This week, Minister of Finance Charles Sousa confirmed May 1, 2014 as the date for the next Ontario budget. It will be a crucial budget for the minority Liberal government; if the NDP does not support it, a spring election will be triggered.
Beyond the election stakes, every Ontario budget is important in terms of the priorities it reflects. After years of austerity-flavoured policies, it is essential that this budget make needed investments in public services. OCUFA will be looking for new funding for universities to redress Ontario’s declining level of per-student public funding. Ontario currently has the lowest level of per-student funding in Canada, and the situation is getting worse. Rising enrolment and stagnant investment is pushing per-student funding even lower, leading to a host of potential challenges to the quality of education at Ontario’s universities.
New funding is especially needed to hire more full-time faculty. OCUFA currently has the worst student-to-faculty ratio in Canada, at 28-to-1. This means less student engagement with faculty, larger class sizes, and fewer opportunities for extracurricular enrichment. OCUFA estimates that 9,300 new full-time faculty are needed by 2020 to bring Ontario’s student faculty ratio in line with the rest of Canada.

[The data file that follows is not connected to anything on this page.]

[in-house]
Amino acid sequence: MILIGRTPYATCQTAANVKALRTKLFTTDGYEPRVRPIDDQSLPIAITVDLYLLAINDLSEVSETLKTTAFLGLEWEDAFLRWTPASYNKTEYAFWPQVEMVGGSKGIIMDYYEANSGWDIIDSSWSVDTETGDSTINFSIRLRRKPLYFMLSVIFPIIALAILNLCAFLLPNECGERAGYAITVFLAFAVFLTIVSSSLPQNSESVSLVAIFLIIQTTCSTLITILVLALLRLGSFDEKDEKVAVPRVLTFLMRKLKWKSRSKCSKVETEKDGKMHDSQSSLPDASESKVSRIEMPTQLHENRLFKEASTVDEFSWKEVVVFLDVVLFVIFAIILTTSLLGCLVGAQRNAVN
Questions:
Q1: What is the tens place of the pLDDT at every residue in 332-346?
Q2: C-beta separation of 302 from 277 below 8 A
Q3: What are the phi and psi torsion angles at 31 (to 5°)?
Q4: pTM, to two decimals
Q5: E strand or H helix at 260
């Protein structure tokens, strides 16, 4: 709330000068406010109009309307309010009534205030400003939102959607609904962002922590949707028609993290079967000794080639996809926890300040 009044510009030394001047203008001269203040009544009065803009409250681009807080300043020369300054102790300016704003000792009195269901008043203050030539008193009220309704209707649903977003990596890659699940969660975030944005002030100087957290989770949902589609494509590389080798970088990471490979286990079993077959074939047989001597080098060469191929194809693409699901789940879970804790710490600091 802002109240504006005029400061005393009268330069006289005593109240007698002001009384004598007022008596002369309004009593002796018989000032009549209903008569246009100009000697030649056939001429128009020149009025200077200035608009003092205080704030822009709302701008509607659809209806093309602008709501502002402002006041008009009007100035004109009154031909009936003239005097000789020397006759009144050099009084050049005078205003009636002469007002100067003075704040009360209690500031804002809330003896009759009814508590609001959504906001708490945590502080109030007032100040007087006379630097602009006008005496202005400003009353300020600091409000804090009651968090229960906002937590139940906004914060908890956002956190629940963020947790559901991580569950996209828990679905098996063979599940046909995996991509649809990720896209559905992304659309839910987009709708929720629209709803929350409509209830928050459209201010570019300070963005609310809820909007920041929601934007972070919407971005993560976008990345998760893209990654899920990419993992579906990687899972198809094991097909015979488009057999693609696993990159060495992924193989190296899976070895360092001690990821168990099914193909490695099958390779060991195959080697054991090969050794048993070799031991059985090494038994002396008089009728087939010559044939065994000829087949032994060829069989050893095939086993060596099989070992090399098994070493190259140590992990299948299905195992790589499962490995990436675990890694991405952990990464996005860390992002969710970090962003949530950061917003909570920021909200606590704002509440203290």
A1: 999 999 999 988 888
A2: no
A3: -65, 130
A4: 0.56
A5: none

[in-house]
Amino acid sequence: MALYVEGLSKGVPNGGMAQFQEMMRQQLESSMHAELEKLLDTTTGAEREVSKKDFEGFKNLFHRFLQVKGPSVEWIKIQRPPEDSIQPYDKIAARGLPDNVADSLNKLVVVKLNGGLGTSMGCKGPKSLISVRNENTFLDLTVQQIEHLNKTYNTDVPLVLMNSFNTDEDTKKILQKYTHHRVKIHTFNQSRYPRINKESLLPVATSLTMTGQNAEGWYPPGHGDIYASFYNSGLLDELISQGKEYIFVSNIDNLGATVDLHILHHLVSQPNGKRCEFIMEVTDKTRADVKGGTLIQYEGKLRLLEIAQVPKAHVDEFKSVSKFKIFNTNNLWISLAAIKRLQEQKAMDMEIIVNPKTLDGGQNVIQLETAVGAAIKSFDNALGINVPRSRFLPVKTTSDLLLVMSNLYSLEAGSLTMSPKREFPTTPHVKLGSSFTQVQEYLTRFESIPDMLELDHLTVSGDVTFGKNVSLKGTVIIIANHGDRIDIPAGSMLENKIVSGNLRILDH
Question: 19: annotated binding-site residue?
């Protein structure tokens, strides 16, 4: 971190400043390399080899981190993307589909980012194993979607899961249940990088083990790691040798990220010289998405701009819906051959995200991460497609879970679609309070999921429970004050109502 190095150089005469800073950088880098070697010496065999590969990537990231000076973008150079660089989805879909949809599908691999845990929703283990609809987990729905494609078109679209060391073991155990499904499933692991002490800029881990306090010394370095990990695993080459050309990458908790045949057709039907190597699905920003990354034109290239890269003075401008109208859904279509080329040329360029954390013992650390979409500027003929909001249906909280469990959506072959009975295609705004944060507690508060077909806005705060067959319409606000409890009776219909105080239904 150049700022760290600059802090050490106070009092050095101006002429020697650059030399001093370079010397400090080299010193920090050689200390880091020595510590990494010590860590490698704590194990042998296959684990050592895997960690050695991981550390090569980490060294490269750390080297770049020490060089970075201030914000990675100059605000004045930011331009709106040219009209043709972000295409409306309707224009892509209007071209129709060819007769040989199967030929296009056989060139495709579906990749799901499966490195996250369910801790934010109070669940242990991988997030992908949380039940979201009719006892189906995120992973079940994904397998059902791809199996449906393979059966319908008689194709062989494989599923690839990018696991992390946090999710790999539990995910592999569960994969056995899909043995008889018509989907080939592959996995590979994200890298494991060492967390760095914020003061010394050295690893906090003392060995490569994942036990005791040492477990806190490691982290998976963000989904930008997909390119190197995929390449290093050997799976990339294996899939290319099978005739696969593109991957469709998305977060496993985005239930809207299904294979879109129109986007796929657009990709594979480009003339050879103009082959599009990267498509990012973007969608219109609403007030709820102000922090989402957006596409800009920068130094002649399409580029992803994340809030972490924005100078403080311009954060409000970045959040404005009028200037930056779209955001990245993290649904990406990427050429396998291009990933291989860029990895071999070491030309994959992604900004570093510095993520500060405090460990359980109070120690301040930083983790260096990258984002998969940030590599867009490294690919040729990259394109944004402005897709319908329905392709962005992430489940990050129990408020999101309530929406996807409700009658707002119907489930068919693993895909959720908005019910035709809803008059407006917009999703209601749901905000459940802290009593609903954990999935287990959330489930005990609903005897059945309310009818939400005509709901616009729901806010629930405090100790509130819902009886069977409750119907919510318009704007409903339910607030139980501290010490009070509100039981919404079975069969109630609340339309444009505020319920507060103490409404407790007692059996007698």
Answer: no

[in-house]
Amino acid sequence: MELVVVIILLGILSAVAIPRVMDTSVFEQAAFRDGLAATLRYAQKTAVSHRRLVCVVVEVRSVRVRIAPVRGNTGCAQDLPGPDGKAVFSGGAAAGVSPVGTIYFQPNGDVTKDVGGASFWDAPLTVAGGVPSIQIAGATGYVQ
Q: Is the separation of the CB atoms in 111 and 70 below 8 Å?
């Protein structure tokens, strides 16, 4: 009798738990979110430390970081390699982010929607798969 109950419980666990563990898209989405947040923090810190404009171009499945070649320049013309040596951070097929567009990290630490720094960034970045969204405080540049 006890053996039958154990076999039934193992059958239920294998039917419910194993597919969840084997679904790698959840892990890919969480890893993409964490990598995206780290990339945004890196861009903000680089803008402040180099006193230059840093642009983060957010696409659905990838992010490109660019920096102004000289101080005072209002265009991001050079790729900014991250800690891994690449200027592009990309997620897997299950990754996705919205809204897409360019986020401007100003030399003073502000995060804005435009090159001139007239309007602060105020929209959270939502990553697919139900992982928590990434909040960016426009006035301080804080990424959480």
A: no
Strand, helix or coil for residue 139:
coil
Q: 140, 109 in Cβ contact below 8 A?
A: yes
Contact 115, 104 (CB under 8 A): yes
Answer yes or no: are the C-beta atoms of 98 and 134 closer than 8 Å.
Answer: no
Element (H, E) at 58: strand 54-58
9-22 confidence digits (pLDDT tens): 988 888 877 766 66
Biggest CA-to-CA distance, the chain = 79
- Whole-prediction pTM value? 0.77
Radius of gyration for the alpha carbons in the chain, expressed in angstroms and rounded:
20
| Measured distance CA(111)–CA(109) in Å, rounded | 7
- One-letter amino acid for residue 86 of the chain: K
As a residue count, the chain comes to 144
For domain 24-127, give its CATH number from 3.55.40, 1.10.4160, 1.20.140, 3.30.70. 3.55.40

OCUFA will also be looking for the Budget to restore per-student funding for teacher training programs in Ontario. This funding was cut by 50 per cent in 2013, leading to serious financial challenges for education programs across Ontario.
The Budget should contain an announcement of a pension asset transfer framework that will allow OCUFA and its partners to continue our important work on pensions. Ideally, this announcement will come as a schedule in the budget bill.
For a complete list of OCUFA’s budget recommendations, please refer to our 2014 Budget Submission.